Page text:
As we walked around we passed a woman washing clothes in a creek. The secretary told her to go make lunch for all of us. “Ah ok,” she replied. “I’ll prepare several dishes.” And she ran off, set on her mission.

The two men explained how the village remains somewhat of a collective with the government owning all the farmland. Villagers are paid by a manager to tend to the flowers and other crops. Many of the villagers also grow a type of tree that’s used as Chinese medicine to help blood circulation. The medicine is exported, mostly to Russia, but the financial crisis has put a damper on sales the last few years. To continue development, the village currently has ambitious plans to build an enormous Buddhist temple and two lakes – which it hopes will boost tourism further.

While we were touring, several people came outside, offering the party secretary tea, cigarettes or lunch. I was kind of surprised that they seemed more enamored with him than me.

My friend, me, the businessman, the party secretary

When we went for lunch at the home of the woman we’d met earlier, baijiu (white liquor) started flowing and political discussion commenced. “The US and China are like a young couple,” the secretary told me. “They quarrel a lot but they can’t leave each other.”

He asked about the US’s local government structure and pointed out how similar the Chinese system is.  He said he himself had been elected to his position with 3,500 out of 5,000 votes and serves in 3-year terms. He’s now 57 and in his eighth year as party secretary.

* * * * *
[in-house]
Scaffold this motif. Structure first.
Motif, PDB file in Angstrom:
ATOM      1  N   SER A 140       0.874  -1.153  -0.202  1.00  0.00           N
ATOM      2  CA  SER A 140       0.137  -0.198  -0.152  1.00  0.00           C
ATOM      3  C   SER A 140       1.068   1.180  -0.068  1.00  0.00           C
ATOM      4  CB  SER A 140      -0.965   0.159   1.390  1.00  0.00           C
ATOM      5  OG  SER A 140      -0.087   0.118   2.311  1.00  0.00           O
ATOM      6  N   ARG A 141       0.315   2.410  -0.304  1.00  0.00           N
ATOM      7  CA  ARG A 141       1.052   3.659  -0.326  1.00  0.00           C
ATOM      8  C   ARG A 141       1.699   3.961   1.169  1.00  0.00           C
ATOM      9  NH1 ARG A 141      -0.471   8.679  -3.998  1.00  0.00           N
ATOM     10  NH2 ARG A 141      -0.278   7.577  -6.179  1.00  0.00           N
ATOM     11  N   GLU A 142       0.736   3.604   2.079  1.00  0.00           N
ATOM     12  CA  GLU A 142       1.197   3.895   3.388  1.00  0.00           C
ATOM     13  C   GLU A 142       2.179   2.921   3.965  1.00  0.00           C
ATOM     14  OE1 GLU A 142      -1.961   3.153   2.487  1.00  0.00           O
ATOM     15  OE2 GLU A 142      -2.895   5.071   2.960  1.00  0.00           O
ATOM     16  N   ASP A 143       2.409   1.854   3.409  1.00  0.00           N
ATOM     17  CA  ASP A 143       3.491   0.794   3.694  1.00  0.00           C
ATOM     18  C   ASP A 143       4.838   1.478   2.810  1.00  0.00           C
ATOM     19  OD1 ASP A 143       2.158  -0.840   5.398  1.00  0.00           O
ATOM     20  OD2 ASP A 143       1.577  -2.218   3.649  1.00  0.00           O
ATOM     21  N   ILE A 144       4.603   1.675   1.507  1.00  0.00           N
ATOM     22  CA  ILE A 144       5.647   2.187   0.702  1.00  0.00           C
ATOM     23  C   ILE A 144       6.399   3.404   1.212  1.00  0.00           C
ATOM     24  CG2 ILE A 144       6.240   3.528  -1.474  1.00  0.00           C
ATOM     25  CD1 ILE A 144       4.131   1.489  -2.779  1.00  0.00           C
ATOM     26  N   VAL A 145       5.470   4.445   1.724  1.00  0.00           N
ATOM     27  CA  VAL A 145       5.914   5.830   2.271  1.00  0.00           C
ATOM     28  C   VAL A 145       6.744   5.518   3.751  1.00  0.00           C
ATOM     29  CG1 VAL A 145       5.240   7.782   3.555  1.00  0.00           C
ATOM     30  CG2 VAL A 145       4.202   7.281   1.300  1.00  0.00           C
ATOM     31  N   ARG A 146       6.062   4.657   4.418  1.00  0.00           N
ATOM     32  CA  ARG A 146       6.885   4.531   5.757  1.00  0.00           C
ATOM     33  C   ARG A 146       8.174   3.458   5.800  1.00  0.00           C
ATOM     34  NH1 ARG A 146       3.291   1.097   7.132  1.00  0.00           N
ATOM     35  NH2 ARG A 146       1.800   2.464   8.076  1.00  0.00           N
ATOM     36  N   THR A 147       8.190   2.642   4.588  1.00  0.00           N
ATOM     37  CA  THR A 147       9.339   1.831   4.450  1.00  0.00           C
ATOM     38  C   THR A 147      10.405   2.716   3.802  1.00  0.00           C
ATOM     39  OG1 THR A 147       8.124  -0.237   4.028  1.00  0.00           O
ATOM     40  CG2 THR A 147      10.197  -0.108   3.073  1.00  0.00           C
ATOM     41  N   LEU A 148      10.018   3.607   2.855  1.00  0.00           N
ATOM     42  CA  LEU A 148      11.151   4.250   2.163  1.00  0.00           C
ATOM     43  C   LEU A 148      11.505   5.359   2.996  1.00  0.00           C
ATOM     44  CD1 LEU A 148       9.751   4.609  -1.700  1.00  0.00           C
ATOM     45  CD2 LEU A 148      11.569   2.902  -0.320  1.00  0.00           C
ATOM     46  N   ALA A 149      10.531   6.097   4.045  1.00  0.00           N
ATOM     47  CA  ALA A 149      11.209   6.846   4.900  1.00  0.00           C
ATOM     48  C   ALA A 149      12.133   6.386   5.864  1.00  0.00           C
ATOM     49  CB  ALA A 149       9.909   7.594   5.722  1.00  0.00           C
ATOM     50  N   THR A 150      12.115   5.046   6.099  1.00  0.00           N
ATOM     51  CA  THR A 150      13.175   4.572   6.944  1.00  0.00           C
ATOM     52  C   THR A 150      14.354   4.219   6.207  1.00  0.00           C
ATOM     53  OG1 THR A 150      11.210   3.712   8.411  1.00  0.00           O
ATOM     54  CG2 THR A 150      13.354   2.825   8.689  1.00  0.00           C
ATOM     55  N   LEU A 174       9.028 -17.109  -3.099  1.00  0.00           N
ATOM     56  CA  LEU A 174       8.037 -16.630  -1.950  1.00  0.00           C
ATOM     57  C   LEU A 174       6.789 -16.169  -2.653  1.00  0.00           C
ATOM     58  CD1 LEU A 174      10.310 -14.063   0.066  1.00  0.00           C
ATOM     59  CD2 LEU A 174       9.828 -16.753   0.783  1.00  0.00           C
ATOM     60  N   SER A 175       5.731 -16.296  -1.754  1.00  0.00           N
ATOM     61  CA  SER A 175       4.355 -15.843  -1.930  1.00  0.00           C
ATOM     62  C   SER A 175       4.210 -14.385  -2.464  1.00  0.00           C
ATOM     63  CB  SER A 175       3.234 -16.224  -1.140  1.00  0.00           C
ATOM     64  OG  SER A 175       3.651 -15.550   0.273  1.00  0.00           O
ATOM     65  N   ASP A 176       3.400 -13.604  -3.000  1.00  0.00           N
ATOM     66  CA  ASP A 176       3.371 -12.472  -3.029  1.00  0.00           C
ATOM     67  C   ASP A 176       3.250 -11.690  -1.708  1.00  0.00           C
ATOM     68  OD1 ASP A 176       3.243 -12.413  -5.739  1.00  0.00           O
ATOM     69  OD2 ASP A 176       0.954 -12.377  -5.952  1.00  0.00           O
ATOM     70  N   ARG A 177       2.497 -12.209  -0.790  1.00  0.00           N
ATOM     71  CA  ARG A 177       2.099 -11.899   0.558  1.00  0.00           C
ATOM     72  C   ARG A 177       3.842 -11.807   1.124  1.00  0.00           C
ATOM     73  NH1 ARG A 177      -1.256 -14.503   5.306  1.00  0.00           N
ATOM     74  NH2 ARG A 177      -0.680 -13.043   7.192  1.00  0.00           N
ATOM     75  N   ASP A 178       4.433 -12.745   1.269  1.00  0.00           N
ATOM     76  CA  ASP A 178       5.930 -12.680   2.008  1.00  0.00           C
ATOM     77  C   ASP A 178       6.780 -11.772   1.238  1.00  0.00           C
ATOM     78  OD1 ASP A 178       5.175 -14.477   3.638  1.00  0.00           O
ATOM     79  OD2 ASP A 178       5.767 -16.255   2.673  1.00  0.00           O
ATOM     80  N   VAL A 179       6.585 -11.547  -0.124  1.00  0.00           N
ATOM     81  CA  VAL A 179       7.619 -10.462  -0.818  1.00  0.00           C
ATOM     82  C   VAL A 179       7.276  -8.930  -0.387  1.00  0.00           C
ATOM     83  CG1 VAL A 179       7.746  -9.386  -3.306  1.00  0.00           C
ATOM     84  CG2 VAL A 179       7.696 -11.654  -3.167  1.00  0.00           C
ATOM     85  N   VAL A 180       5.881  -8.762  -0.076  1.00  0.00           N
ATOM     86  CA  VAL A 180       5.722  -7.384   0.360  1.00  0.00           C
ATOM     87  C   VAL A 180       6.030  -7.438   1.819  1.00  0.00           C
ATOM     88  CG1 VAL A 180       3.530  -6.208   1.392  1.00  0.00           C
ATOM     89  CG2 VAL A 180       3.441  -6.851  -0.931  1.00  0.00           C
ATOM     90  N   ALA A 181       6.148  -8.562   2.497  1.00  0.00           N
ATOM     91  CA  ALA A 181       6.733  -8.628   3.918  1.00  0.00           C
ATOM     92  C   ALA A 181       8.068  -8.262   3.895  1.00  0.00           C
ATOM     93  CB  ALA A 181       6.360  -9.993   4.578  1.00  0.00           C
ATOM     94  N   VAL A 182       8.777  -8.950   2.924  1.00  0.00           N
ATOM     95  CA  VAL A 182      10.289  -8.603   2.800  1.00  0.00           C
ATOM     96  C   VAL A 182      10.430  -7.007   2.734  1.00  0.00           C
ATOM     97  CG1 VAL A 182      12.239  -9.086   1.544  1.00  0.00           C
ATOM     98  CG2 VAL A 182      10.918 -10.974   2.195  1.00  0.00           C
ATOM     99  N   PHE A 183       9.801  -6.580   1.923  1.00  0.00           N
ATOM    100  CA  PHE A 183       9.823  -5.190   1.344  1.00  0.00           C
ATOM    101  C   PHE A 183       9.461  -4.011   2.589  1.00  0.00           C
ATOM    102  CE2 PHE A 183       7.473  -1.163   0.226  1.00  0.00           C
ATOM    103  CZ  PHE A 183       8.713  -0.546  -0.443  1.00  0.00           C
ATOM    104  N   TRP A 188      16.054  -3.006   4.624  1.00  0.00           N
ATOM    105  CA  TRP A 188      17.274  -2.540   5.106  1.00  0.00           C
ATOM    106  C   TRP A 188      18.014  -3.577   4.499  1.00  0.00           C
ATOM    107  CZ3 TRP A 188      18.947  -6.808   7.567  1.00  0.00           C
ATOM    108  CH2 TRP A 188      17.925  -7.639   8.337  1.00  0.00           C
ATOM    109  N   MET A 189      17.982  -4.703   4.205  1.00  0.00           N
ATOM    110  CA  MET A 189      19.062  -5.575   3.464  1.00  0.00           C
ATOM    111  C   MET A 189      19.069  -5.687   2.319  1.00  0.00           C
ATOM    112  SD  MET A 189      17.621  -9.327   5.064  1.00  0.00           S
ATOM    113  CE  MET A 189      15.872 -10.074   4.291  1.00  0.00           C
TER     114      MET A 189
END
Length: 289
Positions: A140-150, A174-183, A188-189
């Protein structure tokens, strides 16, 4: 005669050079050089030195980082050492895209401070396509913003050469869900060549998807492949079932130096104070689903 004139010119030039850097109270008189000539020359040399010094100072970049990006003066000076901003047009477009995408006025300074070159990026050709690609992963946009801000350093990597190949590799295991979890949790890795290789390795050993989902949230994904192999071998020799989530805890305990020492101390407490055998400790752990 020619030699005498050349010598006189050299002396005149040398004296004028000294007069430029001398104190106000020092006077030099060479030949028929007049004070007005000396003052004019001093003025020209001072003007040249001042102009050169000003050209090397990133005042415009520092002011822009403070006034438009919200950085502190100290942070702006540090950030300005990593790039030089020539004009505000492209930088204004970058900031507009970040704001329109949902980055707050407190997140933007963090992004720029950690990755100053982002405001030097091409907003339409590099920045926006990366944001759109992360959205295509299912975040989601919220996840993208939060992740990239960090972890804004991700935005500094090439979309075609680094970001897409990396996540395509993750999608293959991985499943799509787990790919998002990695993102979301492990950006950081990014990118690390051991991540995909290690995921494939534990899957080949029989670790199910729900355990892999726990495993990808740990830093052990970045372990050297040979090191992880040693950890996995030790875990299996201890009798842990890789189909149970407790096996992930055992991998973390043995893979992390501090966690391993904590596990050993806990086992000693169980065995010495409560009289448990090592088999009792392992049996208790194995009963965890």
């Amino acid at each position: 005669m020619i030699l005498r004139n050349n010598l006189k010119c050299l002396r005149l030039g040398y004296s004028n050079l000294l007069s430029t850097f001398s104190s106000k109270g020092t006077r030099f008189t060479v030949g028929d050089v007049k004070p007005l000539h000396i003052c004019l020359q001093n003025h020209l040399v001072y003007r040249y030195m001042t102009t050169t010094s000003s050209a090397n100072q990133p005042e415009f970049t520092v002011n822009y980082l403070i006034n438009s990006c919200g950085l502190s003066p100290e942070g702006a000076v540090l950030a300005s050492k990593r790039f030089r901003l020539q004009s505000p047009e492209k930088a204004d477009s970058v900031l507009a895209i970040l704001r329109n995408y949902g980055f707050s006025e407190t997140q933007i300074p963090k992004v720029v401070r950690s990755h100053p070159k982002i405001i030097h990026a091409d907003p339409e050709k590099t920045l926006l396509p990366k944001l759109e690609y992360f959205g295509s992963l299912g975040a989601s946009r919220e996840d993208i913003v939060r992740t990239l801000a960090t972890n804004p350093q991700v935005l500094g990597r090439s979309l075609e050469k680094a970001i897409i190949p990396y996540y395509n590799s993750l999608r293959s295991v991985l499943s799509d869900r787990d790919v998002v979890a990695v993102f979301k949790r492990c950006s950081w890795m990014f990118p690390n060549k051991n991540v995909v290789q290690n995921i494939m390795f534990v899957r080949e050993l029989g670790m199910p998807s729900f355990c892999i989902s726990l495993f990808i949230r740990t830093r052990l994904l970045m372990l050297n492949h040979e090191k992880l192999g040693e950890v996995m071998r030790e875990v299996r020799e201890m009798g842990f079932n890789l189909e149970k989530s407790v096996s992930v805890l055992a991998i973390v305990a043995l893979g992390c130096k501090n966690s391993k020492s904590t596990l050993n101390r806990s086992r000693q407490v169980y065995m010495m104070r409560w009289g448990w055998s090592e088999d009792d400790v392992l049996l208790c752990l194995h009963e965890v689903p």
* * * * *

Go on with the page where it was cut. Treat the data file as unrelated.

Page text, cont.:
We tried to get deeper into comparing political systems, but neither of the men could quite grasp how the American two-party system worked. The businessman asked, “Which party controls the political education?”

It’s the kind of question you would only hear in the countryside – where the party secretary regularly holds meetings to educate villagers on how to safeguard “Socialism with Chinese Characteristics” and carry out new directives from higher government organs. Even with a foreigner, much of the way the secretary spoke was in archaic ideological language that only a government official would use. And in typical fashion, he had nothing but self-congratulatory remarks to make about his village.

“The US is the most developed country in the world,” he said. “But we say our living conditions are very good – no worse than America’s.”

“Just look at the food we eat,” he said as he pointed to the lamb on the table.

My friend challenged him, pointing out that there are still many poor people in the village.“They gamble,” the businessman chimed in. “Yes, it’s their personal problem,” the secretary added. “They themselves are to blame. They’re poor because they’re lazy.”

When it came up that I’m a journalism student, the secretary had a suggestion for me. “You should start your own media company in America,” he said. “Then you can write positive stories about China.”

While I’m not sure he would win my vote, he certainly seemed to have the adoration of the villagers. The driver and the cook looked happy to help when he told them what to do. And others around the village jumped up in excitement when he rounded the corner.   Of course it’s still possible that, like many officials, he dabbles in some sort of corruption. But he already commands the respect of the whole village and I imagine almost anything he needs is comp’d by insistent constituents. To engage in overt or coercive corruption would be exceedingly greedy and self-defeating on his part.